I also have to say something about McGill Mental Health in general. It is the most unsupportive infrastructure here and that is honestly shameful. I think that it has left a lot of vulnerable students hanging in the midst of their mental illnesses and disorders. The EDP (Eating Disorder Program) was shut down this year without letting anyone know. For me, the availability of a specialized eating disorder program was one of the reasons I felt safe and capable of coming back to school, and it just disappeared. That is absolutely not okay. I am privileged enough to have a private support system here, but I know that not everyone can say that. It is not acceptable to disregard those individual’s needs. But furthermore, the nonexistence of the EDP makes it so that anyone with the slightest idea that they may be struggling have nowhere to turn to. This feeds right back into the eating disorder because the last thing your ED wants you to do is seek help, acknowledge it, and try to do something about it.

    November 2017

    When I think of mental health I think of power, resilience, and awe. The fact people experience trauma, anxiety, depression, anything along those lines -- day in and day out -- while remaining strong, is something to admire. I have been through the gauntlet, but I also recognize that I am extremely privileged. I don't walk through life with the weight of historic and unending discrimination. I always had access to top-tier private health care, which saved my life when I was put into eating disorder recovery. I have two parents who are stable parts of my life and whose citizenship has never been threatened like many in the States right now. Yet, I STILL face difficulties and damaged mental health. We don't need to compare the validity of our experiences, but we do need to understand what intersectionality is, how it affects people's mental health, and how to advocate on the side of those that are struggling.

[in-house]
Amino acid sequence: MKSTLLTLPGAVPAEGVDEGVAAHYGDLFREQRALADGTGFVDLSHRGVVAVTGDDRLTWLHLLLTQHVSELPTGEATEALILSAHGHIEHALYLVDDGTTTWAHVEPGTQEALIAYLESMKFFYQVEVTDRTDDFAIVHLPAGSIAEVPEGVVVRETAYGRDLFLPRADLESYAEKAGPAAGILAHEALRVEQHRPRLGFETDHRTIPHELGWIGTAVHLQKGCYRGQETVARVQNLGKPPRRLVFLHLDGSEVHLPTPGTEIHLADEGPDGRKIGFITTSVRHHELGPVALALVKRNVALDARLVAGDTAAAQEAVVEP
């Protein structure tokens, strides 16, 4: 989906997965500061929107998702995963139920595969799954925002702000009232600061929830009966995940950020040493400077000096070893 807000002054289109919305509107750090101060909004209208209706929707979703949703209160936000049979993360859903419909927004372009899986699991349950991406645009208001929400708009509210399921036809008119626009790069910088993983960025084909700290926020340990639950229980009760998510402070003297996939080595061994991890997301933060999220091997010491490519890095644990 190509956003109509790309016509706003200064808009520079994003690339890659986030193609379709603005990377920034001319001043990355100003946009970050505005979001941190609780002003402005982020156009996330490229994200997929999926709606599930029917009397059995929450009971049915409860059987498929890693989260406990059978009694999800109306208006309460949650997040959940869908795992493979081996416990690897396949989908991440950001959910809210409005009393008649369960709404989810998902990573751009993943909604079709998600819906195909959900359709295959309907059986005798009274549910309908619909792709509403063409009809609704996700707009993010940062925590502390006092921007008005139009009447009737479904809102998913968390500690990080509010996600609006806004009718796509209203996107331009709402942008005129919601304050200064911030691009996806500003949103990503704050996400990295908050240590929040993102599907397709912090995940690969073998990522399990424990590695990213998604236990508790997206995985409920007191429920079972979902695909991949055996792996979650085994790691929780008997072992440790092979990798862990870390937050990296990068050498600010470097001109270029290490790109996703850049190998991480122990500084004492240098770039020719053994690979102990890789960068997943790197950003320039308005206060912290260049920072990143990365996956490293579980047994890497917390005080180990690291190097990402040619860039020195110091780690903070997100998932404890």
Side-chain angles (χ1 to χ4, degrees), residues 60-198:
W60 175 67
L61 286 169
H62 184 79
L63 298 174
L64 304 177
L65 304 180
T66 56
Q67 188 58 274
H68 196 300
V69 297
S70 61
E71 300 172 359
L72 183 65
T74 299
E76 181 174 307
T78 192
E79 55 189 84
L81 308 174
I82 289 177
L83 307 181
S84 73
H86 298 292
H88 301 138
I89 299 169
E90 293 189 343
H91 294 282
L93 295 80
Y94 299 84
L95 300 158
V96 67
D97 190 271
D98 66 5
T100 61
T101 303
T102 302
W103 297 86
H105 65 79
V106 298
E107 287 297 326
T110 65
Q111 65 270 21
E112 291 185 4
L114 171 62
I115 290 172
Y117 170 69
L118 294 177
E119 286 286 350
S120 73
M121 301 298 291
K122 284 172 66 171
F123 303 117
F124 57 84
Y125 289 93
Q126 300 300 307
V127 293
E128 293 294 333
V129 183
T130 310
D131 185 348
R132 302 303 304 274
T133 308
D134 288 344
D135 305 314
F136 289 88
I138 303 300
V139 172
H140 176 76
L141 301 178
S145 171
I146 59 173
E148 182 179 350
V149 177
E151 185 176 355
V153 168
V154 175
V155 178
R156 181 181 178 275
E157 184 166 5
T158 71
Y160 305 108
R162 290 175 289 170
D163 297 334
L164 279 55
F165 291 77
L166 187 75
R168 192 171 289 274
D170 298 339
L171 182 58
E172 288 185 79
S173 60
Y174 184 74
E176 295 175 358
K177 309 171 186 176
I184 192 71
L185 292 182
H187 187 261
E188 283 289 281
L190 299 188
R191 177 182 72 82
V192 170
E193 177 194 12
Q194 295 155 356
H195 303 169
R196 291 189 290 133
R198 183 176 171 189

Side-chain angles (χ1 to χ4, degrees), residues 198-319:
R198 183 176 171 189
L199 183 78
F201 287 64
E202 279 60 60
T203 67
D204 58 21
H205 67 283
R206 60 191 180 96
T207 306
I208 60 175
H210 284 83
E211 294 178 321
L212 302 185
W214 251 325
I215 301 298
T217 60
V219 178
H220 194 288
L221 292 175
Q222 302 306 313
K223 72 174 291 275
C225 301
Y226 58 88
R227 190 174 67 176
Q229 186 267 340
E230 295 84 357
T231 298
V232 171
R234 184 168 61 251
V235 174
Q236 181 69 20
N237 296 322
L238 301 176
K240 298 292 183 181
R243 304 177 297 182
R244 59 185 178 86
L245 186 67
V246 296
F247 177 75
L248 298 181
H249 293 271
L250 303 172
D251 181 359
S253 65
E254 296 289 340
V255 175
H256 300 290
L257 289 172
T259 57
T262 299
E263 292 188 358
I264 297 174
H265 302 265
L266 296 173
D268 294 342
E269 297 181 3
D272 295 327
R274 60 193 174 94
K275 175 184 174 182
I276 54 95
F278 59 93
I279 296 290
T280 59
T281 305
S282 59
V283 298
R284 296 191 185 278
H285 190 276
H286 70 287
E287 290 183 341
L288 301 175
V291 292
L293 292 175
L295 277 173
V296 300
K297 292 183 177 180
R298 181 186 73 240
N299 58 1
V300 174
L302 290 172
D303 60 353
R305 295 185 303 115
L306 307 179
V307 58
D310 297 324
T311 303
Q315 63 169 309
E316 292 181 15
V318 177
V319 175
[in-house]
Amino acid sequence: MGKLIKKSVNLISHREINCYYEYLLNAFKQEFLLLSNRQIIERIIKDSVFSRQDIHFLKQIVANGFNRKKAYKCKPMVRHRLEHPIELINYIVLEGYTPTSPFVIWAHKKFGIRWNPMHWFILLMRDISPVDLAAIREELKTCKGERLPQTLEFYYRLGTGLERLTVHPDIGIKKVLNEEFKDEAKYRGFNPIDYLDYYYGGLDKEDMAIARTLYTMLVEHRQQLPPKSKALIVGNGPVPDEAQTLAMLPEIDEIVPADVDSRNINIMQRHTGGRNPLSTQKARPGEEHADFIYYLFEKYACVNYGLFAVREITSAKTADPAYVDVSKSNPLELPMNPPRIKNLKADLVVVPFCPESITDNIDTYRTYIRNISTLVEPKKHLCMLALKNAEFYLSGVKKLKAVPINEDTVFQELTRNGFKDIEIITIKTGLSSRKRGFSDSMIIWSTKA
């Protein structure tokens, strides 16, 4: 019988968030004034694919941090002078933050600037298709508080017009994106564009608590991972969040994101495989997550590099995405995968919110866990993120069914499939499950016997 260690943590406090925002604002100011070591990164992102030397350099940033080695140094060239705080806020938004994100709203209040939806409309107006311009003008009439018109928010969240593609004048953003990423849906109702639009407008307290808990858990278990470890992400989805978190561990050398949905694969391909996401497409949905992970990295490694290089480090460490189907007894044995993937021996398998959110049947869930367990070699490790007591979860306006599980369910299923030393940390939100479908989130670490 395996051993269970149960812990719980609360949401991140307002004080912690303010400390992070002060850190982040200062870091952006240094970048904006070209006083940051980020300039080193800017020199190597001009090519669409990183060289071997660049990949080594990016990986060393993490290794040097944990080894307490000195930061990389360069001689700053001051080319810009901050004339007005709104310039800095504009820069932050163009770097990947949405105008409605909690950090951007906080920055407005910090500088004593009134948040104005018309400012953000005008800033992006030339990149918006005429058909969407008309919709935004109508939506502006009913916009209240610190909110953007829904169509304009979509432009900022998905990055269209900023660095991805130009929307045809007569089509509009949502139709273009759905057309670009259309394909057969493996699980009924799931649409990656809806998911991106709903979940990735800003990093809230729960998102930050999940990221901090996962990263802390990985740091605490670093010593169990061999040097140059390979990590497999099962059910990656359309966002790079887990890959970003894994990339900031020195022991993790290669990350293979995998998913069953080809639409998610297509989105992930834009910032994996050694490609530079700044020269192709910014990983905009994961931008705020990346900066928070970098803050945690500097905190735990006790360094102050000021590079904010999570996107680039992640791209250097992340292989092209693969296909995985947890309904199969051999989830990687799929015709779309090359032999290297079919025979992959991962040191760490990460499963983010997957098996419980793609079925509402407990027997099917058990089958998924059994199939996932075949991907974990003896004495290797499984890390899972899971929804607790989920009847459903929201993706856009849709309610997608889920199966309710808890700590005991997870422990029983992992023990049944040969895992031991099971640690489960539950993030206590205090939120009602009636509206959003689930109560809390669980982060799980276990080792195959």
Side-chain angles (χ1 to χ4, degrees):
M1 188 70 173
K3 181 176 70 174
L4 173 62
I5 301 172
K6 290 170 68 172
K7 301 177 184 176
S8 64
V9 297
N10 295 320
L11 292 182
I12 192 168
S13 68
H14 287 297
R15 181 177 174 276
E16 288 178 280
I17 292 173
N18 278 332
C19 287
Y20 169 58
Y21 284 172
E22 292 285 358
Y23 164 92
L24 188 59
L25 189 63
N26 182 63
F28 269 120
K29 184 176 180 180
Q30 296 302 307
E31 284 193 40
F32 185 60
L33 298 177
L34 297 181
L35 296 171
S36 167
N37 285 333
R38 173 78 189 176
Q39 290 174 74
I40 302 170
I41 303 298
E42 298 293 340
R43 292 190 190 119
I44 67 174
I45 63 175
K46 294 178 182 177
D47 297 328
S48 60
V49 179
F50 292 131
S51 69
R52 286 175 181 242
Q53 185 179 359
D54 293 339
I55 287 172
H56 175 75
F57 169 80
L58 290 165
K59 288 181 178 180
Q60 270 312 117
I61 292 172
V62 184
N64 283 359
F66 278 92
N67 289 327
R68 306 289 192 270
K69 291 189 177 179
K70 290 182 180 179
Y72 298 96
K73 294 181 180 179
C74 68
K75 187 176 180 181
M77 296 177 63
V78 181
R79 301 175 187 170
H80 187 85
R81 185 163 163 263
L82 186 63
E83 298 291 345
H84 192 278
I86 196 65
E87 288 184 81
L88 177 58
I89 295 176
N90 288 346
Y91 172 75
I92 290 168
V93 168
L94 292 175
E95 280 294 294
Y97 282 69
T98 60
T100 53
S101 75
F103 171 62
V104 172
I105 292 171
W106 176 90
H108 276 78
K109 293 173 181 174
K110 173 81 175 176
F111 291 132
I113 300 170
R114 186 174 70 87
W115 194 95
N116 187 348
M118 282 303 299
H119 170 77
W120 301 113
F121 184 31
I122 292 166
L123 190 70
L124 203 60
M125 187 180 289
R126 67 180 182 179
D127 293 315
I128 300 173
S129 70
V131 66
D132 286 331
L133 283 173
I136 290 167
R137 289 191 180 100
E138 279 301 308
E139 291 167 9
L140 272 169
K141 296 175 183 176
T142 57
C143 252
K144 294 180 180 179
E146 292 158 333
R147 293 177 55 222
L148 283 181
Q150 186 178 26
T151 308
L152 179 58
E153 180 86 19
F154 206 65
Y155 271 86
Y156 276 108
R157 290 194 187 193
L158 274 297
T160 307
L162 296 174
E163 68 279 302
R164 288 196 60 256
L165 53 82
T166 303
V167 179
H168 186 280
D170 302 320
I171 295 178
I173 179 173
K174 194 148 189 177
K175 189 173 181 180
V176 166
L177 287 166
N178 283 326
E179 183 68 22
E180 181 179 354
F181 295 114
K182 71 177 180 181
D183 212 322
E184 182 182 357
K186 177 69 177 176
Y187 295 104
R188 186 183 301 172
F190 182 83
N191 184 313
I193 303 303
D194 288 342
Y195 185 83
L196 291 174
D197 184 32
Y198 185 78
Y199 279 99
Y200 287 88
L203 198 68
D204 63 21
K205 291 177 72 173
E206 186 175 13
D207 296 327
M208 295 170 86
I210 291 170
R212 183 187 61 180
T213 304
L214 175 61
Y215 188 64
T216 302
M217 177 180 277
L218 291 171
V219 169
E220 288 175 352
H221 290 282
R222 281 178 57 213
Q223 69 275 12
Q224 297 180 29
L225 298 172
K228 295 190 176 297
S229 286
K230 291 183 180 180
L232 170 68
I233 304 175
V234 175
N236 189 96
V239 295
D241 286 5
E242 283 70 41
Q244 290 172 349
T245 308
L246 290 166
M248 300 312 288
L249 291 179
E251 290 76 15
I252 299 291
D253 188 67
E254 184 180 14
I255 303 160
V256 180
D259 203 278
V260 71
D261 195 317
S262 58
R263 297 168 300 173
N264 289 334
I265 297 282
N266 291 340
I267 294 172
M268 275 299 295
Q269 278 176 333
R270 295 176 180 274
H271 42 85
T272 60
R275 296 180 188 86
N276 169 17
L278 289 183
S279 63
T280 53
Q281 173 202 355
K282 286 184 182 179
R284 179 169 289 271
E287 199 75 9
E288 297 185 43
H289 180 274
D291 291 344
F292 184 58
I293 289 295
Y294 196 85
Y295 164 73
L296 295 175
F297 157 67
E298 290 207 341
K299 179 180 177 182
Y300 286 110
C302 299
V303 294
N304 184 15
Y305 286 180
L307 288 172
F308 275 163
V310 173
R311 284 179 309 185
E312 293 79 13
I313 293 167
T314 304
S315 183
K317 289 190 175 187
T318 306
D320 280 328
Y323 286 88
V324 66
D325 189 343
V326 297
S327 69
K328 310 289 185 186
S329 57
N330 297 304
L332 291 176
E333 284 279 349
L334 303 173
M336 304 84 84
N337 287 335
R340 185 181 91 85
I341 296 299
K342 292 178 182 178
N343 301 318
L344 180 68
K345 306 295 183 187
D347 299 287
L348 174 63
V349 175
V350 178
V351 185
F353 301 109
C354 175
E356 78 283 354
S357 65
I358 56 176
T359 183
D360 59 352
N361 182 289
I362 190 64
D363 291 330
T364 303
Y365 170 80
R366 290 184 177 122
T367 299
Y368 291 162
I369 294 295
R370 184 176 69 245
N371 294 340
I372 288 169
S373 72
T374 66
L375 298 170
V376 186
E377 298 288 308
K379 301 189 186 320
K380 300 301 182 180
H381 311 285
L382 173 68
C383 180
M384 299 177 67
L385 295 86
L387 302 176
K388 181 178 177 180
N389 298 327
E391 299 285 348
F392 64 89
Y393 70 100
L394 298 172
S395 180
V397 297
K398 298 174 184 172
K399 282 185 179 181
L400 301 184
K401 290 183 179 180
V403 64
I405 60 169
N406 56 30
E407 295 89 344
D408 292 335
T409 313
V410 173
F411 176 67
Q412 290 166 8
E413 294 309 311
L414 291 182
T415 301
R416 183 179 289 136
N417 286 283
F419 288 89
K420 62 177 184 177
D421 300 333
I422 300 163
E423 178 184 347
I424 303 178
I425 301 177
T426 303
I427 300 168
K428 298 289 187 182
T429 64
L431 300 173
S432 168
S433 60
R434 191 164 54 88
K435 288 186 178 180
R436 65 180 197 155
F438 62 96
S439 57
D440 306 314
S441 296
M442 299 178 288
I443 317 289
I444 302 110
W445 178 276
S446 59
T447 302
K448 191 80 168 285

December 2017

    I never quite had much of a voice regarding mental health until my first year at McGill after recognizing that I was indeed struggling with overwhelming anxiety and having difficulties adapting to university from cegep. I never felt it was important to talk about mental health because I had always felt my suffering was trivial, and there were others who had it much worse, especially when it came to being a young Indigenous woman. I come from a long line of strong Mohawk women and my mom had always emphasized the fact that we are resilient. I took that very literally and bottled up all my feelings and anxiety throughout high school and cegep. I thought that if I asked for help I would be seen as weak and I would let down my family. There’s a lot of things about mental health that I wish I was told about when I first started McGill. Here’s my list of things that I want everyone else to know.

    1. It’s okay to get help, no suffering is trivial. Don’t dismiss your battles.
    2. It’s not the end of the road if you fail a test/class. It’s the start of an important learning curve.
    3. A mental health day is a valid excuse to skip a day of school (a clinical day in my case). Heck, take two if you need.
    4. Your professors aren’t here to judge and fail you.
    5. It’s okay to cry in the library.
    6. Panic attacks don’t mean you’re dying. Take some time to breathe.
    7. Your body is the only one you have. Look after it. Drink some water and have snacks.
    8. You’ll be waiting on the phone for 1+ hours to get an appointment from McGill Counselling/Mental Health services but try not to lose hope.



    When we are feeling blue, we tend to explain other things in a negative tone or in a sad way as well to confirm our feelings. However, remember nothing is completely black or white. There are so many possible ways to interpret one thing, and especially our experience is very subjective. When I am sad about something, I try to change a perspective and find different explanations. It is like finding something grey rather than completely black.



    When approaching people about your problems, what people feel most awkward about is YOU feeling awkward by what you feel. If you don’t judge yourself, the people that you trust and open up to won’t judge you either. Introspection can be powerful and it may be tempting to believe I am my own psychiatrist, but opening up to those around you can be even more rewarding. You want people to love you for you, not for the mask you are hiding behind.

  • Flashback to SiM 2016

    The fourth annual instalment of Students in Mind Mental Health conference occurred on October 1st & 2nd, 2016. Peer into the past to catch a glimpse of what SiM is all about in our 2016 promo video!

  • Connect With Us

    Contact us with any questions about the conference day, registration or getting involved!